Indonesia's economic growth slows in first quarter

The rupiah slid to its weakest level since January 2016, at 13,980 to the US dollar. The tepid growth rate could put the central bank in a bind at its May 16-17 policy meeting. Its governor has said it could raise rates to halt further rupiah depreci
The rupiah slid to its weakest level since January 2016, at 13,980 to the US dollar. The tepid growth rate could put the central bank in a bind at its May 16-17 policy meeting. Its governor has said it could raise rates to halt further rupiah depreciation if that threatened the inflation target or financial stability.PHOTO: REUTERS

JAKARTA • Indonesia's economic growth pace in January to March fell slightly from the previous quarter, reflecting still-weak consumption and indicating that the government may struggle to meet its 2018 growth target.

The rupiah slipped to its weakest level since January 2016, in mid-afternoon trading, at 13,980 to the United States dollar.

The tepid growth rate could put Bank Indonesia in a bind at its May 16-17 policy meeting. Its governor has said the central bank could raise rates to halt further rupiah depreciation if that threatened the inflation target or financial stability.

President Joko Widodo had promised to lift gross domestic product (GDP) growth to 7 per cent during his five-year term - which ends next year - by inviting investment and cutting reliance on consumption as a growth engine.

But despite moves to build infrastructure, streamline regulations, attract investors and keep prices stable, as well as 200 basis points of cuts in Bank Indonesia's policy rate, the annual economic growth has stayed close to 5 per cent for years. Last year's 5.07 per cent clip was the best since 2013. The government is targeting 5.4 per cent growth this year.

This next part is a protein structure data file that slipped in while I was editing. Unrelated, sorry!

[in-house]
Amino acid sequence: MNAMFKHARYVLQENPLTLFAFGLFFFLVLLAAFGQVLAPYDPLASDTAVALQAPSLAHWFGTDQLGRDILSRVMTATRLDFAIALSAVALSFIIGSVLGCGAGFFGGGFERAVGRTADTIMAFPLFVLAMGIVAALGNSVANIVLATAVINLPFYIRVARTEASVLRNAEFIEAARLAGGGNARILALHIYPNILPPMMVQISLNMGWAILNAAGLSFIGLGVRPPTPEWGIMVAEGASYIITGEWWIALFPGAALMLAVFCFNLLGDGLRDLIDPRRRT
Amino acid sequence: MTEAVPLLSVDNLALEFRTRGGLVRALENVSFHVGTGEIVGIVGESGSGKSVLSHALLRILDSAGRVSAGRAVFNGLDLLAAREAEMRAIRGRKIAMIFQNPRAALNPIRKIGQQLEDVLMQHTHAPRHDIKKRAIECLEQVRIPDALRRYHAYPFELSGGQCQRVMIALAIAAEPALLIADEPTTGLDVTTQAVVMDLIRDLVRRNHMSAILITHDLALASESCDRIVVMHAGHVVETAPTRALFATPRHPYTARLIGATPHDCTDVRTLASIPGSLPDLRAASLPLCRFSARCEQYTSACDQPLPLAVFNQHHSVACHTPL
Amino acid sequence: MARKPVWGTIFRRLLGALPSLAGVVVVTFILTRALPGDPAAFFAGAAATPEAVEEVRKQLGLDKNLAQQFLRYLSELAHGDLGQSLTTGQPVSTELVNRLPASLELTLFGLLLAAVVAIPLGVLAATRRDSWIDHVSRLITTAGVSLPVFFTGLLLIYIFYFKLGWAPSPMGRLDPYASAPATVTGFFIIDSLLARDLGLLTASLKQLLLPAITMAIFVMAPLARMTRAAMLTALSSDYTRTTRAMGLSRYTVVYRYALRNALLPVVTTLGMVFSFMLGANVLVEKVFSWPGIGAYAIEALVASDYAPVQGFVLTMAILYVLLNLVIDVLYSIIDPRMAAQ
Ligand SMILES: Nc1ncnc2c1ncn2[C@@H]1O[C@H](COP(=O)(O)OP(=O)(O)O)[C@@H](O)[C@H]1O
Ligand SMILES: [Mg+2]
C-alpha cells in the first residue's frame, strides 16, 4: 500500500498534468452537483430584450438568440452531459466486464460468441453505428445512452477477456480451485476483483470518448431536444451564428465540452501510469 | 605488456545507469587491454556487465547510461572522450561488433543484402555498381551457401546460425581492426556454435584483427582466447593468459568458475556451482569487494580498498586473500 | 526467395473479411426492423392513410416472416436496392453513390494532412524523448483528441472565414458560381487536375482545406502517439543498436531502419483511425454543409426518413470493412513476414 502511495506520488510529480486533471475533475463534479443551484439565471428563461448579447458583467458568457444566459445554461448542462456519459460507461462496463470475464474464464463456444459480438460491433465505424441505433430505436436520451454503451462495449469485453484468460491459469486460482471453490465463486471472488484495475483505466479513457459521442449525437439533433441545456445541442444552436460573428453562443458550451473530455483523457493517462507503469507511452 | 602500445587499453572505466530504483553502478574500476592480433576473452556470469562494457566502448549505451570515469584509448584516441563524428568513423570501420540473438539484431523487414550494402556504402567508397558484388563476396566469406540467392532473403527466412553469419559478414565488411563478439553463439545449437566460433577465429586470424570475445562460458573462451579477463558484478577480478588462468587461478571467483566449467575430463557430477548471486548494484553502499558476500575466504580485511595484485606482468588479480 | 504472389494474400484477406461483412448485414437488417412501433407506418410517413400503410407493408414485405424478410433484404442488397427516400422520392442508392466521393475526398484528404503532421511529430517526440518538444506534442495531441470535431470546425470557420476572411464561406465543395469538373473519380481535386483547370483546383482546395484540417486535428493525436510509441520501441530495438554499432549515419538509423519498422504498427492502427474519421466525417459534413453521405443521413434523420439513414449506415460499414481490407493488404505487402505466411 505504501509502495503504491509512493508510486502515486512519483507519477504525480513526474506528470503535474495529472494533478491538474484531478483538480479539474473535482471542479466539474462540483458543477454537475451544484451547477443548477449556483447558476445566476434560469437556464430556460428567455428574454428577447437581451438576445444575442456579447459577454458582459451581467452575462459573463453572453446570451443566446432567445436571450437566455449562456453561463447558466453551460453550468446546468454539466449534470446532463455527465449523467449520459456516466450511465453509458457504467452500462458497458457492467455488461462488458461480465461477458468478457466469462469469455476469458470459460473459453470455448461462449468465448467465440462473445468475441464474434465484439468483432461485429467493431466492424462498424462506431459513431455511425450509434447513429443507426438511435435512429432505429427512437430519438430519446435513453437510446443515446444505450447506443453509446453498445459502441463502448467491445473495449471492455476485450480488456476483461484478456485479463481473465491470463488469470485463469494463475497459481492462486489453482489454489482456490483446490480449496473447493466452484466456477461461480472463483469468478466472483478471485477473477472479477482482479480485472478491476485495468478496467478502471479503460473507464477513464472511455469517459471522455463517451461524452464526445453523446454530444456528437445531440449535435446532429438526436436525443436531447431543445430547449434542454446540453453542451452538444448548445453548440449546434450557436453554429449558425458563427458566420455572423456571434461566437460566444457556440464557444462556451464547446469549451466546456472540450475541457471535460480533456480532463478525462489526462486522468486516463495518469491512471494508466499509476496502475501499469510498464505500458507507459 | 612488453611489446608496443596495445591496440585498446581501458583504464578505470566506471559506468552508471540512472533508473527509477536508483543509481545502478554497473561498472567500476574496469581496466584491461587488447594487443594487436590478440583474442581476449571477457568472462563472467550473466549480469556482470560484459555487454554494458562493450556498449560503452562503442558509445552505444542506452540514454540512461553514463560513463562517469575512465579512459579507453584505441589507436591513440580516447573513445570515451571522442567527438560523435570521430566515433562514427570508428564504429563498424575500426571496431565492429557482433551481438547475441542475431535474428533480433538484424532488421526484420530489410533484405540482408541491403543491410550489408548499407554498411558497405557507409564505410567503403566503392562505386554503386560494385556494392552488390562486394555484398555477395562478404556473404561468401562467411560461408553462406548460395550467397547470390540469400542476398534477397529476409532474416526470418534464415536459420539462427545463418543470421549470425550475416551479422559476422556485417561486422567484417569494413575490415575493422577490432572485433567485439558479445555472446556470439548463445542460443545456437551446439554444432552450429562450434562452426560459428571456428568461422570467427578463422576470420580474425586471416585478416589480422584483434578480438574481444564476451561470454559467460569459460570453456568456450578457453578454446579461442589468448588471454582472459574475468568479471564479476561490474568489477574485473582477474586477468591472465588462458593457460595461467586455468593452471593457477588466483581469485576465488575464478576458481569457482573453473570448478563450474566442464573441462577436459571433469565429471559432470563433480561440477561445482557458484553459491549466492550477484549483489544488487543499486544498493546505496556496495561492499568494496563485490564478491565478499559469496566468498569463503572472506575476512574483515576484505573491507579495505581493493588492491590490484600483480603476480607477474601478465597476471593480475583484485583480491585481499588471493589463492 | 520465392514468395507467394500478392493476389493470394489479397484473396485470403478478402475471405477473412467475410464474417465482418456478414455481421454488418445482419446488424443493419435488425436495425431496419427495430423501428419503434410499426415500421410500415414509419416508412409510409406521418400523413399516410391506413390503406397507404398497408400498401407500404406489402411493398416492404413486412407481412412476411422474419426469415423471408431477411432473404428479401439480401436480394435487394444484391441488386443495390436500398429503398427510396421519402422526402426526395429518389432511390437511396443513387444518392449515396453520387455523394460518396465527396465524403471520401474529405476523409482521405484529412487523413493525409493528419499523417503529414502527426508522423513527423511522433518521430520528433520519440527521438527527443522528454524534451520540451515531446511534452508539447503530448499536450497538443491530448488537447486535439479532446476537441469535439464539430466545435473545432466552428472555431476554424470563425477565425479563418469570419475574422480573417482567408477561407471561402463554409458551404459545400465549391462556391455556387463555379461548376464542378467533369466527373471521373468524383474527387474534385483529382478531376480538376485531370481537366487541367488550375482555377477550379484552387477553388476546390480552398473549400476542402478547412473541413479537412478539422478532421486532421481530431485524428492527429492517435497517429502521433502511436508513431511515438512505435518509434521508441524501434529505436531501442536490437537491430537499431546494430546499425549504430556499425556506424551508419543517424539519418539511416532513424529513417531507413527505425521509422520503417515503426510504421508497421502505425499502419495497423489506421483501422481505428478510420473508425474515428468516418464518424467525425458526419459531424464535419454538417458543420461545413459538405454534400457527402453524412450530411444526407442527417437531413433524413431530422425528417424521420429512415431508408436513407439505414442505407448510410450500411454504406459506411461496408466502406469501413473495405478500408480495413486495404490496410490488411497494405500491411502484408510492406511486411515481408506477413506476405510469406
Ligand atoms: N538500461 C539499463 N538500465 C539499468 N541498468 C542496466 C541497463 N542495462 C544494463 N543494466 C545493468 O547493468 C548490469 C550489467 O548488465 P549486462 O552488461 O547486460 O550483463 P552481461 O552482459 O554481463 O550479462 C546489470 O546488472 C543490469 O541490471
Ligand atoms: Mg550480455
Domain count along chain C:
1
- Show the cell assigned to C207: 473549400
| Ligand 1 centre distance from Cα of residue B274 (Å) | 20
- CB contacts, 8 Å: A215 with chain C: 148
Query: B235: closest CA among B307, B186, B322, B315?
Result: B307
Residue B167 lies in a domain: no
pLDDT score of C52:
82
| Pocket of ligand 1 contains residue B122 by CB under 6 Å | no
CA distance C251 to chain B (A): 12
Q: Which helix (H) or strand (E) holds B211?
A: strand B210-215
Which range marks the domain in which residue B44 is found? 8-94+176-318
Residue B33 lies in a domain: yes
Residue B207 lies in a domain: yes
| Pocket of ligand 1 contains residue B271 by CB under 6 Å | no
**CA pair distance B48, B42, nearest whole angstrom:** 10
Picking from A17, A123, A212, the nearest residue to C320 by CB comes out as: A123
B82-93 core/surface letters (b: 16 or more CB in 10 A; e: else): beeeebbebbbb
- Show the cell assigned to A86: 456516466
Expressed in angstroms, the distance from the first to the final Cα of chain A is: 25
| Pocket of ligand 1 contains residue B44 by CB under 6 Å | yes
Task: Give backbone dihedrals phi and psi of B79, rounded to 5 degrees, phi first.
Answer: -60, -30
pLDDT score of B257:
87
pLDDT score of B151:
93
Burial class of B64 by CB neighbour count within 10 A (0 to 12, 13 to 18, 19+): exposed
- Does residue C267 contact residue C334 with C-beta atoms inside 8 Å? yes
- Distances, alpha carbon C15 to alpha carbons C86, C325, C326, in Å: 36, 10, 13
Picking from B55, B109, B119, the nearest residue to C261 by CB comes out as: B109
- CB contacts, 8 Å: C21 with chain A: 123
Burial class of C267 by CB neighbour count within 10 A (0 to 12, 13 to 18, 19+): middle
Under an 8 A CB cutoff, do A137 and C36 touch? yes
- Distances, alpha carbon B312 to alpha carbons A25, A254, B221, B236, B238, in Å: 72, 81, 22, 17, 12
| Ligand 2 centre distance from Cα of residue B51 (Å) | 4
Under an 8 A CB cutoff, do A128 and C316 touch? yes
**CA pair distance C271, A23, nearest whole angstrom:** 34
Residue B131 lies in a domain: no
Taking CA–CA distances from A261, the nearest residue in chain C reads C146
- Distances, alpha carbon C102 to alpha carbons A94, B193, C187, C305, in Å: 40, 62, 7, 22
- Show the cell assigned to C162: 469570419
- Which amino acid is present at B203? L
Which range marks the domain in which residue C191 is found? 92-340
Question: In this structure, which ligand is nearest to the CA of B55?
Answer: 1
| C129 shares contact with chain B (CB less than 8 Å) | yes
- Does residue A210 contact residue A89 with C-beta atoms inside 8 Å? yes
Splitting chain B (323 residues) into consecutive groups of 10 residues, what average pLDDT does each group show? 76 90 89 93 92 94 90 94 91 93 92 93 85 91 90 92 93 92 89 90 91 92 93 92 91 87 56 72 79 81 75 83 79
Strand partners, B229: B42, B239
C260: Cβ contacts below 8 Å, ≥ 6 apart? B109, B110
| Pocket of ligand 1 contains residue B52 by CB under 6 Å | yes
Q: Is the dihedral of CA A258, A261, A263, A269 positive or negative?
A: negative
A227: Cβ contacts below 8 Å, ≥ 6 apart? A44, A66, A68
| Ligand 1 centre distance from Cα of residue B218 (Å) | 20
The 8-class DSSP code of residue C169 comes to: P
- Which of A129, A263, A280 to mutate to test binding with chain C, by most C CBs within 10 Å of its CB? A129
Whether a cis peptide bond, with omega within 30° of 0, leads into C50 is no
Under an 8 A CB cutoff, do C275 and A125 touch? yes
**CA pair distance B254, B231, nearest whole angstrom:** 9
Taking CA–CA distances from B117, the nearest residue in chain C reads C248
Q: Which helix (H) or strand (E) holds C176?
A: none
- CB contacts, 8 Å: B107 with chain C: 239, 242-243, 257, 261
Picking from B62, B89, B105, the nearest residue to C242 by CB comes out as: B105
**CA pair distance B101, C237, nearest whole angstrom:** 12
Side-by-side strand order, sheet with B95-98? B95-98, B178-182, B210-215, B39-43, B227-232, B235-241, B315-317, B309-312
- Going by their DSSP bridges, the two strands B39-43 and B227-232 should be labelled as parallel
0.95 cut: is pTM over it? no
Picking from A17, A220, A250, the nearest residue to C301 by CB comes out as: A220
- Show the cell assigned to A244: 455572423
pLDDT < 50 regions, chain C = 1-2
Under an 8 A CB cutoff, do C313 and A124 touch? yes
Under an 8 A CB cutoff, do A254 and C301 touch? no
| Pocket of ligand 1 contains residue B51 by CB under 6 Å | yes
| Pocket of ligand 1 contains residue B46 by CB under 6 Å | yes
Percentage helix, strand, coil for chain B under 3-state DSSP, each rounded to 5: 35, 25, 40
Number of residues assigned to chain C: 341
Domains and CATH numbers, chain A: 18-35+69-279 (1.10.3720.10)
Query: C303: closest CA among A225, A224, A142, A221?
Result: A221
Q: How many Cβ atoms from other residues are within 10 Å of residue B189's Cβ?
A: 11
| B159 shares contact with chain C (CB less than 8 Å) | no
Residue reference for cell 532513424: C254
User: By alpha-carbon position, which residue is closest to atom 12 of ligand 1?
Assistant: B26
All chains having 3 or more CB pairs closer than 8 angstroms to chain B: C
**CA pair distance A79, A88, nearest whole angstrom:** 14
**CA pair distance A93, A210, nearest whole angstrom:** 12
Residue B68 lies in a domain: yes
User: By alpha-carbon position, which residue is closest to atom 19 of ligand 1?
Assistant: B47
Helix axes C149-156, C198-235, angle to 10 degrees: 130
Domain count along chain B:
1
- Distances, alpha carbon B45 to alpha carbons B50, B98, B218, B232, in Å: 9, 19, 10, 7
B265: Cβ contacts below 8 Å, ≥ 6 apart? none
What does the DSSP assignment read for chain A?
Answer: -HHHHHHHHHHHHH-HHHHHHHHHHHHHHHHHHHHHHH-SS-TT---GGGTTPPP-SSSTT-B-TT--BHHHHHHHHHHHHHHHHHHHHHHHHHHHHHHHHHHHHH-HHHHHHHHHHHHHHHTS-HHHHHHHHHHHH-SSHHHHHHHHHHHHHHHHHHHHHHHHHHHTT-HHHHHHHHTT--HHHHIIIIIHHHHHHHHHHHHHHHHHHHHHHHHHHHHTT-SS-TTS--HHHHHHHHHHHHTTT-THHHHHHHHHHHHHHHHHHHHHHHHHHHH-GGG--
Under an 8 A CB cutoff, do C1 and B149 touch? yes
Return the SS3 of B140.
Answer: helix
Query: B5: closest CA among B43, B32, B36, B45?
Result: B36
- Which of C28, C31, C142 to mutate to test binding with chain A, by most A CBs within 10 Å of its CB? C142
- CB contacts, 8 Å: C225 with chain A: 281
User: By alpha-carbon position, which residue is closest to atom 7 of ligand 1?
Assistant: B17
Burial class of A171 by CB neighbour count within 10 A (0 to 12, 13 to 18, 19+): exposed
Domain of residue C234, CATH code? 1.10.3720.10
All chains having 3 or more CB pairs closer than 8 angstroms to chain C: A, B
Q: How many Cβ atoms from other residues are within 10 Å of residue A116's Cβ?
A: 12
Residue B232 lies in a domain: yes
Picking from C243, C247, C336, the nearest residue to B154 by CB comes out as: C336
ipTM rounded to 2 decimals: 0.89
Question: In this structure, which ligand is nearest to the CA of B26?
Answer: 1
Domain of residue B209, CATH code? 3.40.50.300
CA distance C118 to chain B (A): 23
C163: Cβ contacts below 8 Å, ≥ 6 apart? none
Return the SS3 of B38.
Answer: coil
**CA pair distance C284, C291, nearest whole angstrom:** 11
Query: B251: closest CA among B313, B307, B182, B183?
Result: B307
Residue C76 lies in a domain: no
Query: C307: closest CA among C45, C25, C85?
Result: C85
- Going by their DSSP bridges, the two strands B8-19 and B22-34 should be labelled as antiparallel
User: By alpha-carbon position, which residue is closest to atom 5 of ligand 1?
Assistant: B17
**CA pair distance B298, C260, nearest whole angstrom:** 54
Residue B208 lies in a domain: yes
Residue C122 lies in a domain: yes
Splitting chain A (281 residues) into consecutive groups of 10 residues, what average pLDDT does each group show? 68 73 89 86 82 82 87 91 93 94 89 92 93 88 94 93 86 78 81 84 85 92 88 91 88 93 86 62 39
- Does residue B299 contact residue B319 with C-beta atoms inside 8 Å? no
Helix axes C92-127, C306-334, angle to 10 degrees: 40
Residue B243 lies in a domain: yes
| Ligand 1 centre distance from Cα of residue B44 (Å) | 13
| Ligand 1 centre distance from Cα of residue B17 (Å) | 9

In the January to March period, South-east Asia's largest economy expanded 5.06 per cent on an annual basis, the statistics bureau said yesterday, weaker than the previous quarter's 5.19 per cent and a Reuters poll forecast of 5.18 per cent.

"The combination of weaker headline GDP growth as well as stable CPI (consumer price index) inflation in April suggests that a Bank Indonesia rate hike at its next meeting is not a done deal," said Mr Euben Paracuelles, an analyst at Nomura in Singapore, referring to last month's 3.41 per cent annual inflation.

Mirae Asset Sekuritas research head Taye Shim said a softer rupiah could challenge growth prospects.

A weak currency could put pressure on the finances of firms with high levels of foreign debt or those reliant on imported raw materials.

Bank Indonesia's next policy meeting will be the last under Governor Agus Martowardojo. Incoming governor Perry Warjiyo has previously vowed to support growth while maintaining stability.

ANZ said Bank Indonesia has room to keep its key rate unchanged before starting a hiking cycle in the second half of next year.

The statistics bureau said the nearly 8 per cent annual growth in investment in January to March was "very significant", though consumption once again lagged.

Private consumption, accounting for over half of GDP, expanded just below 5 per cent, a fraction under the previous quarter's pace.

Weak consumption has been a key factor weighing on growth and the government has announced price control measures on basics such as fuel and rice, aimed at keeping inflation low and purchasing power high.

Mandiri Sekuritas economist Leo Putra Rinaldy said consumption may accelerate in the second quarter because of spending for holidays before and during the Islamic fasting month and on campaigns for regional elections.

Meanwhile, imports accelerated 12.8 per cent from a year earlier, far outstripping a 6.2 per cent increase for exports.

Finance Minister Sri Mulyani Indrawati said the government would work with the business community to stimulate investment and encourage more exports to take advantage of a weak rupiah. She predicted higher economic growth in the second and third quarters as consumption strengthens during the fasting month and as Indonesia hosts the Asian Games in August.

REUTERS

A version of this article appeared in the print edition of The Straits Times on May 08, 2018, with the headline 'Indonesia's economic growth slows in first quarter'. Print Edition | Subscribe